Shoulder Joint ReplacementThe shoulder is a highly movable body joint that allows various movements of the arm. It is a ball and socket joint, where the head of the humerus (upper arm bone) articulates with the socket of the scapula (shoulder blade) called the glenoid. The two articulating surfaces of the bones are covered with cartilage, which prevents friction between the moving bones. The cartilage is lubricated by synovial fluid.

  • Partial Shoulder Replacement

    Partial Shoulder ReplacementPartial shoulder replacement, also called shoulder hemiarthroplasty is a surgical procedure during which the upper bone in the arm (humerus) is replaced with a prosthetic metal implant, whereas the other half of the shoulder joint (glenoid orsocket) is left intact. This surgical procedure is indicated in severe, persistent conditions of shoulder osteoarthritis in which the only the humeral head or ball of the joint is damaged.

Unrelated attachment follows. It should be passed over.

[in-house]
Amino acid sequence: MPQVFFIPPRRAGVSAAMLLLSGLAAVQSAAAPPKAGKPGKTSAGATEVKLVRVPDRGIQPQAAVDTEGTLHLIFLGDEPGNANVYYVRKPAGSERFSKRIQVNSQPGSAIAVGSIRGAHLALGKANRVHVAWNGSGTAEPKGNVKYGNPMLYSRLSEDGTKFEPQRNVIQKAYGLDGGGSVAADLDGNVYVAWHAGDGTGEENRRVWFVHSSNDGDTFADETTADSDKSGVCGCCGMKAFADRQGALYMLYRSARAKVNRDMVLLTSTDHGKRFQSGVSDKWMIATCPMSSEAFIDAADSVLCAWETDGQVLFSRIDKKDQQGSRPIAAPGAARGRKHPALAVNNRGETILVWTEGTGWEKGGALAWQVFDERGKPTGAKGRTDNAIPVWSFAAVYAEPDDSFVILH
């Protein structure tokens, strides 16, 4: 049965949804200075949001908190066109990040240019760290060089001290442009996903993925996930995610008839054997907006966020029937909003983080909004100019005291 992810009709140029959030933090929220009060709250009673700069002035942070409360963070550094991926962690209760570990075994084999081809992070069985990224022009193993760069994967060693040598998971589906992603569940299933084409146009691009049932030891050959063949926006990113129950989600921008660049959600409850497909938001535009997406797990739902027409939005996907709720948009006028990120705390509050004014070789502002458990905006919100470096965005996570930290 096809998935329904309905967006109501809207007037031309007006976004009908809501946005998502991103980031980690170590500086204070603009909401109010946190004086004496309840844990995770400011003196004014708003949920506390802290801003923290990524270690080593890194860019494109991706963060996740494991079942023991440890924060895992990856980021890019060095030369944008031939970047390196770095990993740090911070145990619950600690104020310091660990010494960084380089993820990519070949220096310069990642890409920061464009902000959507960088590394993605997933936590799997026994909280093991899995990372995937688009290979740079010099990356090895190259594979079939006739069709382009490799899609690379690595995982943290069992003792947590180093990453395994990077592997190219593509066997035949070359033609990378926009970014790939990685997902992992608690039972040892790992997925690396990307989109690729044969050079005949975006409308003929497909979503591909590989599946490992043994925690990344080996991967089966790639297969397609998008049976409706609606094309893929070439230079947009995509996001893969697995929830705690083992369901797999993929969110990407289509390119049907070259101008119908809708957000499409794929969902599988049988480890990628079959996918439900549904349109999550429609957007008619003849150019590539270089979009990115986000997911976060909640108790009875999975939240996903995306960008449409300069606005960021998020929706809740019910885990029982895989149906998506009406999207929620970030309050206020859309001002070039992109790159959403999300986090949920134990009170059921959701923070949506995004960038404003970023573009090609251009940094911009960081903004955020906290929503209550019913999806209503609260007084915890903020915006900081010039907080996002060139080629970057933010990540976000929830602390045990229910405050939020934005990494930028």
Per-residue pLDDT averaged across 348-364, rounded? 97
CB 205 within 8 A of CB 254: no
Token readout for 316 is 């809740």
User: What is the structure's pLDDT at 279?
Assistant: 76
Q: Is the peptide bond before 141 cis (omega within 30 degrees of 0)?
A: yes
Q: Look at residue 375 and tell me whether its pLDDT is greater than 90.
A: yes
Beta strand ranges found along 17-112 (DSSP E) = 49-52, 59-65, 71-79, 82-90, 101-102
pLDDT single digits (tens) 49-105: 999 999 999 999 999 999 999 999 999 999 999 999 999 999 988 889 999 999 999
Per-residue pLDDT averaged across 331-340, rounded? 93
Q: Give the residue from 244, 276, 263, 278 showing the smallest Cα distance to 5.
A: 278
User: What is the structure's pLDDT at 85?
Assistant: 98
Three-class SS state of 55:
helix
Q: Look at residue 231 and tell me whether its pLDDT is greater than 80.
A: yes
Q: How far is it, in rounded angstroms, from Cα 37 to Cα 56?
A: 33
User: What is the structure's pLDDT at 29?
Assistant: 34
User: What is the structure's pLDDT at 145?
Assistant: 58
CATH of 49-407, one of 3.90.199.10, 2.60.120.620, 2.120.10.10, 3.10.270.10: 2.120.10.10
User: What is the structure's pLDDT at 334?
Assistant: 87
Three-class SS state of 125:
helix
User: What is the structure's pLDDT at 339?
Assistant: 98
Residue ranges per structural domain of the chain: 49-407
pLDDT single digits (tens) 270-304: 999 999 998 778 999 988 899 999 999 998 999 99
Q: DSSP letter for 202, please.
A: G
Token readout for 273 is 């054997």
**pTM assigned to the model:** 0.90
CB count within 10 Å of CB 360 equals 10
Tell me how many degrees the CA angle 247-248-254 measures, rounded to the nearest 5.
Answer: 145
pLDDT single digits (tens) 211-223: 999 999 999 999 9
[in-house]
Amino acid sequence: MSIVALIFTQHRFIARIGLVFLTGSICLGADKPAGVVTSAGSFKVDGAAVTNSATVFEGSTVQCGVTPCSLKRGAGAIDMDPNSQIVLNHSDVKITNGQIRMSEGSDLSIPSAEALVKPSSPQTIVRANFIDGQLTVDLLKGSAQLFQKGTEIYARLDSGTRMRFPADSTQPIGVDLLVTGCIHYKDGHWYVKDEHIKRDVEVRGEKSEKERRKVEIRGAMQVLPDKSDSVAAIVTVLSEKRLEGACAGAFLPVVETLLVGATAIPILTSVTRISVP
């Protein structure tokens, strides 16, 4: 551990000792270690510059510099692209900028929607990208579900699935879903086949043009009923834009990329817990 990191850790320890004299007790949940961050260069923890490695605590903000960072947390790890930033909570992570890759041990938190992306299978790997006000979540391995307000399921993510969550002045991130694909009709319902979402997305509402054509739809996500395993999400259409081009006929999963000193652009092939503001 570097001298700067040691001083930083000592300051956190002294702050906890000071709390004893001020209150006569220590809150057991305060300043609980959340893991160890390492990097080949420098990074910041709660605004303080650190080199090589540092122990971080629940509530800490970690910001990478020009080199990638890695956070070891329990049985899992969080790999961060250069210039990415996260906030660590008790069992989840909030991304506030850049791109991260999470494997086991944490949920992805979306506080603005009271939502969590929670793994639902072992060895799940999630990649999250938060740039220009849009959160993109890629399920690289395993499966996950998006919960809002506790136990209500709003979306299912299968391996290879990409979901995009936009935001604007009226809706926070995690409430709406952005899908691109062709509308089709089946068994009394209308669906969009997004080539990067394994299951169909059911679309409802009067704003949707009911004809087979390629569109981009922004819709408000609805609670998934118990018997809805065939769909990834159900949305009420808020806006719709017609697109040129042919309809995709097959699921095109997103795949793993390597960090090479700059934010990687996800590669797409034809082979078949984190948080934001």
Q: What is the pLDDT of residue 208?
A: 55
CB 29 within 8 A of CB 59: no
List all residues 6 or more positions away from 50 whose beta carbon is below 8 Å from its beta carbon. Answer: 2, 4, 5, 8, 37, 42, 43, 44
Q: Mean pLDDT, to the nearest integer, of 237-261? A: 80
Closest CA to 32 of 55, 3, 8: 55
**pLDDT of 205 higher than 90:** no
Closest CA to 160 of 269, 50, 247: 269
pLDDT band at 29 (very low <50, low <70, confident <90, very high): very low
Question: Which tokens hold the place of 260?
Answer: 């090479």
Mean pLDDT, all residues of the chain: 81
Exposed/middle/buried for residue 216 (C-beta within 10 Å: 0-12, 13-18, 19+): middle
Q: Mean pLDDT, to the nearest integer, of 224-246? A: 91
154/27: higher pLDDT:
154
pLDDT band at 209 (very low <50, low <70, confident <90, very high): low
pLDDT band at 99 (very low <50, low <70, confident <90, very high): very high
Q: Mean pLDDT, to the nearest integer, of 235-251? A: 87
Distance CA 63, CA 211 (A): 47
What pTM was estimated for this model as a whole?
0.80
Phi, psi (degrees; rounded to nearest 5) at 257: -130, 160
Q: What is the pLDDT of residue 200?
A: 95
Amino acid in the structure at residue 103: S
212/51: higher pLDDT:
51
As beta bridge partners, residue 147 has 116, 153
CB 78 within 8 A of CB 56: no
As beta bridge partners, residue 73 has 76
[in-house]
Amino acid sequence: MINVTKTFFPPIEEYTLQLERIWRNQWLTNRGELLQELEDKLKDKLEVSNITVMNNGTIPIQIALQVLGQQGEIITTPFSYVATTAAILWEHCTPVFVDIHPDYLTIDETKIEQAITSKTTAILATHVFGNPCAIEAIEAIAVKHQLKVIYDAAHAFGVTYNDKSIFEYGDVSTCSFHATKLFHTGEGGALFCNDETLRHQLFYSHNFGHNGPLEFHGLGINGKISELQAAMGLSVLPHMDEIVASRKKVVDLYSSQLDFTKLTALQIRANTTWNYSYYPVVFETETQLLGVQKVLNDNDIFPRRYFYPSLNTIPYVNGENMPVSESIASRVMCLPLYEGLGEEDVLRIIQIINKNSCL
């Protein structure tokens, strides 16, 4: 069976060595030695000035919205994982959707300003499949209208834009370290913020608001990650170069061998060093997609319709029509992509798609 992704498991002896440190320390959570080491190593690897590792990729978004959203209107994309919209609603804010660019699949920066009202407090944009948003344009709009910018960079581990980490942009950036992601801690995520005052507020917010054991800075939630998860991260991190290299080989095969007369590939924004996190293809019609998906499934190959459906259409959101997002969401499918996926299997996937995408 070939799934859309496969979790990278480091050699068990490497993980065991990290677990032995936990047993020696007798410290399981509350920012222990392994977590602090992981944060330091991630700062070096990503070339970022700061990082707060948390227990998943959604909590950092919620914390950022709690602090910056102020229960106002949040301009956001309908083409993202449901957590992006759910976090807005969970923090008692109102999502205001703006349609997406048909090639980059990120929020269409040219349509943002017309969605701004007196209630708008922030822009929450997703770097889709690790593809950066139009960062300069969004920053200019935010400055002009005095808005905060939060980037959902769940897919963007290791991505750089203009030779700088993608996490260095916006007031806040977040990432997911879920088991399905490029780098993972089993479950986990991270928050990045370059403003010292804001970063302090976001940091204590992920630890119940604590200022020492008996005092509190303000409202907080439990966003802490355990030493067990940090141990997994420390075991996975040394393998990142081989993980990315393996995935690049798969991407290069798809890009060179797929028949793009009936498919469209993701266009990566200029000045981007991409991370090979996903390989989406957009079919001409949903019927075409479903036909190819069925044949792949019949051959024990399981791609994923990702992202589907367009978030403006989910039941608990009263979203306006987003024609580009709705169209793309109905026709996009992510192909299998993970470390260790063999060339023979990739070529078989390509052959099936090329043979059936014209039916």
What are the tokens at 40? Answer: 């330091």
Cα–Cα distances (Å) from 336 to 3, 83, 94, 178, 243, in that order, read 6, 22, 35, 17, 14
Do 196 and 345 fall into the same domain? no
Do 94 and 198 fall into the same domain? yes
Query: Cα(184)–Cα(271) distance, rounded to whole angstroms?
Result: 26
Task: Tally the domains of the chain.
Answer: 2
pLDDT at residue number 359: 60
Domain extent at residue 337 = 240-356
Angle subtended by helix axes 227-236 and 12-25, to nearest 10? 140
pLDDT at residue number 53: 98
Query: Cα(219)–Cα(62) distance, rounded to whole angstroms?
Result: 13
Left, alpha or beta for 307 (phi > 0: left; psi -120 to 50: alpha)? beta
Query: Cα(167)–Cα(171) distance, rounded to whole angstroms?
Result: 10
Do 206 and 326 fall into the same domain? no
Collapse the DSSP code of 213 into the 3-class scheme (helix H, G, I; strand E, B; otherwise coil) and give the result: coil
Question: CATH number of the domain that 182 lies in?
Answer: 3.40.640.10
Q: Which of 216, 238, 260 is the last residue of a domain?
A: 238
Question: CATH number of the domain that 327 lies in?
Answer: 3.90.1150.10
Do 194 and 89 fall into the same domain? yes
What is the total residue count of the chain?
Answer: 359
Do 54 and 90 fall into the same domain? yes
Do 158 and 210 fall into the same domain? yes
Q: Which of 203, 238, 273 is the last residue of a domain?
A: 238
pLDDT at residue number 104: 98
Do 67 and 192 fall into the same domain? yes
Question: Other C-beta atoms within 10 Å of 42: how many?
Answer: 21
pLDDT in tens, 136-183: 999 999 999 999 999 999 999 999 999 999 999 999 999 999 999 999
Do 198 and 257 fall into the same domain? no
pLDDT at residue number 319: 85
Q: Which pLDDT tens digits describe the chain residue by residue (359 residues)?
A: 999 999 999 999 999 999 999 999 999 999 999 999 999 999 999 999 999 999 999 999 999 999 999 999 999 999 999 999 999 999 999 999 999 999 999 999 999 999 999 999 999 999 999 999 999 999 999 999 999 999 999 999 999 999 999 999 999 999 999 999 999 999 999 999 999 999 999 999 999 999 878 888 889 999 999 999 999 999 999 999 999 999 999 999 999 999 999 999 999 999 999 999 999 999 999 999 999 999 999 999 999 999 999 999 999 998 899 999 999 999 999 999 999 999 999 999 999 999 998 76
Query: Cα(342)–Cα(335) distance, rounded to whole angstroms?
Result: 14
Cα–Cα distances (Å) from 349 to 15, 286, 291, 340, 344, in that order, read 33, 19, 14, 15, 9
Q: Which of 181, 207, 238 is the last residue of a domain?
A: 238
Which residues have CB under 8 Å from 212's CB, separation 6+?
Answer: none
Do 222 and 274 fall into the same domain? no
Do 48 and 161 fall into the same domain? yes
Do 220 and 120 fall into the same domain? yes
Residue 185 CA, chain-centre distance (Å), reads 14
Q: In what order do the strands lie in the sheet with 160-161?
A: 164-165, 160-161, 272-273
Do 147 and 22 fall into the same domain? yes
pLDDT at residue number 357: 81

• Conventional Shoulder Replacement

    Conventional Shoulder ReplacementThe term arthritis literally means inflammation of a joint, but is generally used to describe any condition in which there is damage to the cartilage. Damage of the cartilage in the shoulder joint causes shoulder arthritis. In an arthritic shoulder

  • Reverse Shoulder Replacement

    Reverse Shoulder ReplacementReverse total shoulder replacement, is an advanced surgical technique specifically designed for rotator cuff tear arthropathy, a condition where the patient suffers from both shoulder arthritis and a rotator cuff tear.

  • Shoulder Labrum Reconstruction

    Shoulder Labrum ReconstructionThe shoulder joint is a ball and socket joint. A 'ball' at the top of the upper arm bone (the humerus) fits neatly into a 'socket', called the glenoid, which is part of the shoulder blade (scapula). The labrum is a ring of fibrous cartilagesurrounding the glenoid which helps in stabilizing the shoulder joint.

  • Shoulder Arthroscopy

    Shoulder ArthroscopyArthroscopy is a minimally invasive diagnostic and surgical procedure performed for joint problems. Shoulder arthroscopy is performed using a pencil-sized instrument called an Arthroscope. The arthroscope consists of a light system and camera toproject images to a computer screen for your surgeon to view the surgical site.